With such multifactorial background of high prevalence, progressive nature of the disease leading to various complications, increase healthcare cost, and availability of multiple therapeutic regimens prescribed, this study has been conducted to evaluate the cost-effective analysis of oral hypoglycemic agents. It will be a pharmacoeconomic (PE) study[2] that will include the number of drugs prescribed, defined daily dose, duration of treatment in months and years, the total cost incurred, and overall benefits in the reduction of glycemic parameters.

MATERIAL AND METHODS

This is a prospective, parallel group, and comparative observational study conducted by the Department of Pharmacology in collaboration with the Department of Endocrinology at Kalinga Institute of Medical Sciences (KIMS), Bhubaneswar. The study was approved by the Institutional Ethical Committee (KIMS/KIIT/IAEC/040/2014) and written informed consent from all patients participating in the study was obtained. The duration of the study was 2 years.

Inclusion criteria

The following criteria were included in the study:

  • New cases of type 2 diabetic patients between 40 and 70 years of age

  • Patients with body mass index (BMI) between 25 and 34.99 (preobese and obese) and a sedentary lifestyle

  • Patients already on antidiabetic medications for <3 years

  • Glycated hemoglobin (HbA1C) levels between 6% and 9%

  • Diabetic patients with co-morbid conditions such as hypertension, obesity, and dyslipidemia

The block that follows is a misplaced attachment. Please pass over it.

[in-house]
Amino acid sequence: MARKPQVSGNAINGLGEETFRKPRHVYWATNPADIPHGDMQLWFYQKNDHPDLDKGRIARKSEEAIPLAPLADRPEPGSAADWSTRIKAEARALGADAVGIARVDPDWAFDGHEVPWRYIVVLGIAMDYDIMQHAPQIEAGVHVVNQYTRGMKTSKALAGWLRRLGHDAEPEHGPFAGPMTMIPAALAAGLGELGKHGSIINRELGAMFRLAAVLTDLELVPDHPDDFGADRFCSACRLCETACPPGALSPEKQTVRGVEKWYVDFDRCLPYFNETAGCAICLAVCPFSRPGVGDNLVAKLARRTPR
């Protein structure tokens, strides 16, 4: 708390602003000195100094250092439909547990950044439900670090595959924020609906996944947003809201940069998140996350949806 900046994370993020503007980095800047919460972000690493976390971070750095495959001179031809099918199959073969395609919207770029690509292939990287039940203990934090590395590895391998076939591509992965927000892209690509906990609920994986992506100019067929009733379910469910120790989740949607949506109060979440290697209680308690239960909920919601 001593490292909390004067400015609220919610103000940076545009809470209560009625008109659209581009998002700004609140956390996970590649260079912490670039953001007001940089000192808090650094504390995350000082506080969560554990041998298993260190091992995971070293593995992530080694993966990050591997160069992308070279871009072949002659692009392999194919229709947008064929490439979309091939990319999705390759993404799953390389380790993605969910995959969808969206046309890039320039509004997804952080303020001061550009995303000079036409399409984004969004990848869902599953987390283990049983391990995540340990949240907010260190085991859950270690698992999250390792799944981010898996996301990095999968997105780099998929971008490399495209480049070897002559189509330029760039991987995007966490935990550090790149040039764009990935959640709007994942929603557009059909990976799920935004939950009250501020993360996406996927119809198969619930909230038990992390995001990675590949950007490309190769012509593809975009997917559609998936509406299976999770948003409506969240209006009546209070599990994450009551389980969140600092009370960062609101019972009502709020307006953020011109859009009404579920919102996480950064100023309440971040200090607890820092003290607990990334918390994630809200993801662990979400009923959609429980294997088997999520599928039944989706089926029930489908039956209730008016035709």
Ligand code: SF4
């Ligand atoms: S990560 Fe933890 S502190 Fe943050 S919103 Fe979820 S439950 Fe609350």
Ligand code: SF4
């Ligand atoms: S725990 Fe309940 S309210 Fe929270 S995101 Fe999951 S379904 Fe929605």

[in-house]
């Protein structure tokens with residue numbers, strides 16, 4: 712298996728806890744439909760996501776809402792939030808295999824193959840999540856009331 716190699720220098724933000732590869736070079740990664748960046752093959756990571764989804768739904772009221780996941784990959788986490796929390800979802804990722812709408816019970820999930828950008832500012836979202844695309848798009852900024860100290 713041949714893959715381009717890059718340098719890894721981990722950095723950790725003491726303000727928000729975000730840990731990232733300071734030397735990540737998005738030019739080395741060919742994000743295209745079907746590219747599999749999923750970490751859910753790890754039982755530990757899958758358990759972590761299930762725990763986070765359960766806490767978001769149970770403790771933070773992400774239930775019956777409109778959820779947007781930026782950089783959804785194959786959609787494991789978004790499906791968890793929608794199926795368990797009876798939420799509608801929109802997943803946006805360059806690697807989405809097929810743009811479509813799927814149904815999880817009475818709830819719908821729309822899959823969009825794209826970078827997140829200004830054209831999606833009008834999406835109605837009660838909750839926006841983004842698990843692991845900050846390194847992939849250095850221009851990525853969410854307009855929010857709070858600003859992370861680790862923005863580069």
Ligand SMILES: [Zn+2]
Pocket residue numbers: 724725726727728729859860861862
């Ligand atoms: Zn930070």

• Diabetic patients presenting with microvascular complications such as retinopathy, nephropathy (glomerular filtration rate [GFR] not less than 40 mL/min/1.73 m2), and neuropathy.

Exclusion criteria

The following criteria were excluded from the study:

  • Patients <40 and more than 70 years of age

  • BMI <25, BMI ≥35, athletes or patients whose work involves heavy exercise

  • Diabetic patients with advanced nephropathy whose GFR <40 mL/min/1.73 m2

  • Untreated hypo or hyperthyroidism patients

  • Patients suffering from acute metabolic disorders such as diabetic ketoacidosis or hyperosmolar coma

  • Patient on oral contraceptive pills

  • Patients suffering from severe liver or kidney disease.

A total number of 230 patients attending endocrinology OPD, KIMS, were selected for the study out of which there were 10 dropouts due to loss of follow-up. Based on BMI, patients were categorized into preobese and obese categories. The enrolled patients were then divided into groups as follows:-